By Ndafadza Madanha

PLAYERS in the wheat value chain are proposing a three tier system for the pricing of a loaf of bread.
If adopted the system will see bread graded into three categories namely low, standard and premium.

Proponents of the idea say the move will ensure margins in the value chain are spread evenly as farmers are rewarded for the production of high quality wheat.

The system closely resembles the one in use in South Africa which segments its bread on the bases of quality of wheat used to produce a loaf.

Currently farmers are paid a uniform price for their wheat regardless of quality a situation that has deterred the growing of high quality wheat.

The high quality wheat known as gristing is used in the production of bread and must have 28% glutton content.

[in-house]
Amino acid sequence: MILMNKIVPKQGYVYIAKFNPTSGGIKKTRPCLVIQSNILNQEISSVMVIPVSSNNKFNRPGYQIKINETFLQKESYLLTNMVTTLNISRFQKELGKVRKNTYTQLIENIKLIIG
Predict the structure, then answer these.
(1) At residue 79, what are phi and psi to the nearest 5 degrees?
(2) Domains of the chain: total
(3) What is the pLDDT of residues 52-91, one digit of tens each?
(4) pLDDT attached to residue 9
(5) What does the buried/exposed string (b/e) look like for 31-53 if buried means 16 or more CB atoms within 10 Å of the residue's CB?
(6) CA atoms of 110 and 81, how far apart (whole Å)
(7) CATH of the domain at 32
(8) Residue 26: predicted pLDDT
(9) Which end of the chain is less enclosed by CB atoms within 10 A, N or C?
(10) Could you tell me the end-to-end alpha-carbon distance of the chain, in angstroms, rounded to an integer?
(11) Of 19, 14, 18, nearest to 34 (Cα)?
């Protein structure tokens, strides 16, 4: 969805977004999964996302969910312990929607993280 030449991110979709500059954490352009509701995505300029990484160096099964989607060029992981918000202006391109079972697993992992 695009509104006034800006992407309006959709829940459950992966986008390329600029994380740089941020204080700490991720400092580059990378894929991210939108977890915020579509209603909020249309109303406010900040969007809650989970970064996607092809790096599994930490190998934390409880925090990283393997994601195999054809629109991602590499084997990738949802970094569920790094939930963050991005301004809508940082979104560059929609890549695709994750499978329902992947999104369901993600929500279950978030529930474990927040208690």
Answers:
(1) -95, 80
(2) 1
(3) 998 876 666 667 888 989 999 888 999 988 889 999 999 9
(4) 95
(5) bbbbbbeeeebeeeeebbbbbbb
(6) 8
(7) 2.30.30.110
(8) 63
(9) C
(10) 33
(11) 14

While some have argued that Zimbabwe does not have the capacity to produce the gristing wheat, seed houses say they have developed the varieties in recent years.

Farmers choose not to grow the gristing wheat as its fetches the same price as the ordinary white wheat though it is of a higher quality but low yielding.

Zimbabwe requires 450 000mt of wheat annually but produces about 150 000 mt with the deficit augmented by imports at an estimated cost of US$60-100m.

An official with National Bakers of Zimbabwe Wallah said the inconsistencies in the value chain needed to be addressed to ensure that the customer access bread at affordable prices.

Another player in the value chain Blue Ribbon Zimbabwe executive Muze Kamal said the country had produced high quality wheat in the last two years.

He said what was now required was the up-scaling of production to ensure wheat is locally available.
“What millers want is flour that does not collapse when in the oven and for the last two years Zimbabwe has produced good quality wheat to make bread.The glutton content for wheat to make bread has been good and the same applies for self raising flour”.



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